Avidly exploring the intersection of indie dream-pop and alternative folk, La Faute, the brainchild of Toronto-based artist Peggy Messing, unveils a mesmerizing musical journey with her debut album, ‘Blue Girl Nice Day,’ and its focus single ‘Sorry I Can’t Stay.’ Co-written with French neo-classical composer Villemin, the song emanates a hypnotic blend of evocative melancholy and captivating melodies, a testament to Messing’s multifarious influences ranging from Lana Del Rey and Mitski to Chet Baker and Massive Attack.

‘Sorry I Can’t Stay’ is a deeply personal and affecting sonic exploration of love, loss, and transient beauty. Messing channels her experiences into the song, creating a farewell note to loved ones past and present. This blend of intimate lyrics and ethereal dream-pop creates an immersive experience for the listener. The accompanying lighthearted video, featuring Messing blowing bubbles in the sun, serves as a symbolic commentary on ephemeral beauty. Her insistence on the bright side, even amidst deep emotional resonance, presents a fascinating dichotomy. With ‘Blue Girl Nice Day’ and ‘Sorry I Can’t Stay,’ La Faute continues to carve out a unique and arresting niche in the indie music scene.

Local Natives – “NYE”

Local Natives, one of my favorite bands of the last 10 years or so, has never been shy about creating rich, nuanced soundscapes that engage the heart and mind. Their latest offering, “NYE,” continues this trend, providing a deeply atmospheric exploration of the push and pull between transience and permanence. Their unique blend of indie rock – at times bearing the melancholic grit of Cold War Kids and the ethereal depth of Grizzly Bear – is on full display here.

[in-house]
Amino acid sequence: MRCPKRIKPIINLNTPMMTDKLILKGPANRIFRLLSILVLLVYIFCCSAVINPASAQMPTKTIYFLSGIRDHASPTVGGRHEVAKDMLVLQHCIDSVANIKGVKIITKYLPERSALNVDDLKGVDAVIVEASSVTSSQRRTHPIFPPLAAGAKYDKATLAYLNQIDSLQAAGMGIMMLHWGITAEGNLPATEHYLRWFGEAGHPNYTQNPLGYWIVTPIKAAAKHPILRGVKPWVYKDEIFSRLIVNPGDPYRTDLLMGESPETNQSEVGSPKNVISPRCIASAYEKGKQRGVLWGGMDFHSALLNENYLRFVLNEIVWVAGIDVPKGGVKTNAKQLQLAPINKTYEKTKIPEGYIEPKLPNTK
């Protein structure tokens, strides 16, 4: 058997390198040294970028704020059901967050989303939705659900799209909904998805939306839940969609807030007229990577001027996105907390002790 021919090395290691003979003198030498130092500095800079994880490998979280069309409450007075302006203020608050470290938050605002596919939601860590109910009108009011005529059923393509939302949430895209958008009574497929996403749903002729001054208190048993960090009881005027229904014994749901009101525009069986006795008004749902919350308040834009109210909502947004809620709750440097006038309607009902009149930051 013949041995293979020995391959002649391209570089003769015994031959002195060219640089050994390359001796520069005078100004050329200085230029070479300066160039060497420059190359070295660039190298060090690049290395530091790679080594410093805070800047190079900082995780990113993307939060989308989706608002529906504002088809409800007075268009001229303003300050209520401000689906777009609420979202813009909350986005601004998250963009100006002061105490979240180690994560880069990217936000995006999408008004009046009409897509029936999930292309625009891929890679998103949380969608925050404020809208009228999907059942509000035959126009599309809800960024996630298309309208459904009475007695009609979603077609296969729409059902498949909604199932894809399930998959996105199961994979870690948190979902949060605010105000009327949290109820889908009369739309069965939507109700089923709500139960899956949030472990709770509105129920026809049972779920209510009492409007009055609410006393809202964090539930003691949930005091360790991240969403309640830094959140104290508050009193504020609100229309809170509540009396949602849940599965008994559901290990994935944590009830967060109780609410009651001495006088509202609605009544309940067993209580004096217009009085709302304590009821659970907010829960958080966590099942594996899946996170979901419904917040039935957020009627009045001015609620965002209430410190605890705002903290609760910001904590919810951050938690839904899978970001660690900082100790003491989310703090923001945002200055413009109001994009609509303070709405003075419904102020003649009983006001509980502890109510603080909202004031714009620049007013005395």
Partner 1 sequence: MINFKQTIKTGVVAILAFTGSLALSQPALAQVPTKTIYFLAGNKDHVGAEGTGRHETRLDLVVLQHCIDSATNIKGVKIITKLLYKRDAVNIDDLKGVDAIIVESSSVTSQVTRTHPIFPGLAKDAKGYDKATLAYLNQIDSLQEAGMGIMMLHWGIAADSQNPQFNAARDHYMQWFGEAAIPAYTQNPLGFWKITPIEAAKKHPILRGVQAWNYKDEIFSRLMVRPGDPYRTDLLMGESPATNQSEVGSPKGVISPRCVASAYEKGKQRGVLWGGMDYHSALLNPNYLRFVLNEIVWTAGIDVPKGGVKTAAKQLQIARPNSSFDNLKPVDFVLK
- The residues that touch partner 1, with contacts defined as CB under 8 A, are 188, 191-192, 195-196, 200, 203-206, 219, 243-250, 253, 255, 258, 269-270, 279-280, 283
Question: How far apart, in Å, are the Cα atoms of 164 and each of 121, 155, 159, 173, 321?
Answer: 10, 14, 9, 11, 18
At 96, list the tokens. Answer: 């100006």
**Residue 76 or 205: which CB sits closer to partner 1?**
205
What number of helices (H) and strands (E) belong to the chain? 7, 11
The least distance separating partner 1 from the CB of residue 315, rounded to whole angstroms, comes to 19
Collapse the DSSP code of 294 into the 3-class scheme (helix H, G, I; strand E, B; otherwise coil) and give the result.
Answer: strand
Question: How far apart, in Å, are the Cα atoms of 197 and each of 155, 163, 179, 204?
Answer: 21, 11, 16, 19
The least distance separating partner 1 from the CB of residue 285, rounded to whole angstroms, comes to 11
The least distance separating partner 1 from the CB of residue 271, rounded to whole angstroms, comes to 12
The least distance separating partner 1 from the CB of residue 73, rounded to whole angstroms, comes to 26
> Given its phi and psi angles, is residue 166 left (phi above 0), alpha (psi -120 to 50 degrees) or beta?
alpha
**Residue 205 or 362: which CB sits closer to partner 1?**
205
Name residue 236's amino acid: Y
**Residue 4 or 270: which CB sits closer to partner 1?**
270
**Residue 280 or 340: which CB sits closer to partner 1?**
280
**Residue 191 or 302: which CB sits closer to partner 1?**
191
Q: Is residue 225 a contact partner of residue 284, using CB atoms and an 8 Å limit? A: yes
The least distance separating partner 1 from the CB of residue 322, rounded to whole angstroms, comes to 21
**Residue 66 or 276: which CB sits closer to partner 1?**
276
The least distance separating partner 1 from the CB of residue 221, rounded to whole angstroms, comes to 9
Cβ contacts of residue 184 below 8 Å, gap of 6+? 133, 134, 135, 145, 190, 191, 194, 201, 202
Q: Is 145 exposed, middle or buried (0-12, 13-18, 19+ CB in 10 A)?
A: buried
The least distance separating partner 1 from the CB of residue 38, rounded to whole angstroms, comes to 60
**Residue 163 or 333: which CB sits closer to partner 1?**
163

“NYE” unfurls with a hazy sense of nostalgia and introspection, encapsulating the ephemeral nature of time and the longing for moments passed. “Tell me, tell me, tell me, she hung on every word/In the Saturn return under mushrooming clouds,” they sing, painting an image that is both poignant and evocative. The lyrics weave a tapestry of fleeting moments, underscored by a persistent sense of awareness of the present: “But so what? I never noticed/I was in the moment/I wish that I could stay.” This tension between the fleeting and the enduring, the past and the present, the conscious and the subliminal forms the emotional crux of the song. Accompanied by their characteristic layered harmonies and a subtle, captivating instrumentation, “NYE” is a beautiful addition to Local Natives’ already impressive discography.

Burgundee – “Eleanor Rigby – Live at the Heat” (The Beatles Cover)

With a name like Burgundee, one immediately expects a lush richness, and their live rendition of the Beatles’ classic “Eleanor Rigby” delivers just that. Drawing inspiration from luminaries such as Robert Glasper and Erykah Badu, they lend a vibrant Neo-Soul, R&B, and Jazz twist to the original, layered with expressive harmonies and rhythms that are both haunting and heart-rending. Miami-based Burgundee’s creative reinterpretation, recorded live at the Heat, captures the raw and visceral energy of their performance, giving a new depth to the well-loved classic.